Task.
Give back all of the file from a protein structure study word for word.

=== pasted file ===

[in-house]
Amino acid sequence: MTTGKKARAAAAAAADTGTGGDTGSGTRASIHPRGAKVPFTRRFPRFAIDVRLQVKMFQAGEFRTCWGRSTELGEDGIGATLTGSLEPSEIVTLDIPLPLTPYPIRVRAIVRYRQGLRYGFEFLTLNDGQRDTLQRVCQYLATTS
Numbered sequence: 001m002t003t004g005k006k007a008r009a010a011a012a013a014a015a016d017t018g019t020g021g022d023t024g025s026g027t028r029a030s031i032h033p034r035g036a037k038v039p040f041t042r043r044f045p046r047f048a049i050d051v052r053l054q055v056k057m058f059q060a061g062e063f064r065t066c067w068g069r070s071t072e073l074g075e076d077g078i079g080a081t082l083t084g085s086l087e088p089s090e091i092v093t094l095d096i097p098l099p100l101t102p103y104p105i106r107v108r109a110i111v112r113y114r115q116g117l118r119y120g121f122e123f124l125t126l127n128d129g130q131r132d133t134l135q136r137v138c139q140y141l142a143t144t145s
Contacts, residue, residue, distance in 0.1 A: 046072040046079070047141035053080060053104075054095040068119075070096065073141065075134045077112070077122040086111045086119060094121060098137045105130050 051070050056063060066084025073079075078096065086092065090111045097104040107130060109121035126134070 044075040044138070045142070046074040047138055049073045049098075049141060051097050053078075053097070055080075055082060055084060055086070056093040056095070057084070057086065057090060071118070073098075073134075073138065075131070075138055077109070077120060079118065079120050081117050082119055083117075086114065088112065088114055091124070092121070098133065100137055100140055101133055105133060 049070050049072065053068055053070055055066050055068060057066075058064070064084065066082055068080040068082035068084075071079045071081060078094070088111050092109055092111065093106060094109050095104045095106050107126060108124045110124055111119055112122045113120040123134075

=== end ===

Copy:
[in-house]
Amino acid sequence: MTTGKKARAAAAAAADTGTGGDTGSGTRASIHPRGAKVPFTRRFPRFAIDVRLQVKMFQAGEFRTCWGRSTELGEDGIGATLTGSLEPSEIVTLDIPLPLTPYPIRVRAIVRYRQGLRYGFEFLTLNDGQRDTLQRVCQYLATTS
Numbered sequence: 001m002t003t004g005k006k007a008r009a010a011a012a013a014a015a016d017t018g019t020g021g022d023t024g025s026g027t028r029a030s031i032h033p034r035g036a037k038v039p040f041t042r043r044f045p046r047f048a049i050d051v052r053l054q055v056k057m058f059q060a061g062e063f064r065t066c067w068g069r070s071t072e073l074g075e076d077g078i079g080a081t082l083t084g085s086l087e088p089s090e091i092v093t094l095d096i097p098l099p100l101t102p103y104p105i106r107v108r109a110i111v112r113y114r115q116g117l118r119y120g121f122e123f124l125t126l127n128d129g130q131r132d133t134l135q136r137v138c139q140y141l142a143t144t145s
Contacts, residue, residue, distance in 0.1 A: 046072040046079070047141035053080060053104075054095040068119075070096065073141065075134045077112070077122040086111045086119060094121060098137045105130050 051070050056063060066084025073079075078096065086092065090111045097104040107130060109121035126134070 044075040044138070045142070046074040047138055049073045049098075049141060051097050053078075053097070055080075055082060055084060055086070056093040056095070057084070057086065057090060071118070073098075073134075073138065075131070075138055077109070077120060079118065079120050081117050082119055083117075086114065088112065088114055091124070092121070098133065100137055100140055101133055105133060 049070050049072065053068055053070055055066050055068060057066075058064070064084065066082055068080040068082035068084075071079045071081060078094070088111050092109055092111065093106060094109050095104045095106050107126060108124045110124055111119055112122045113120040123134075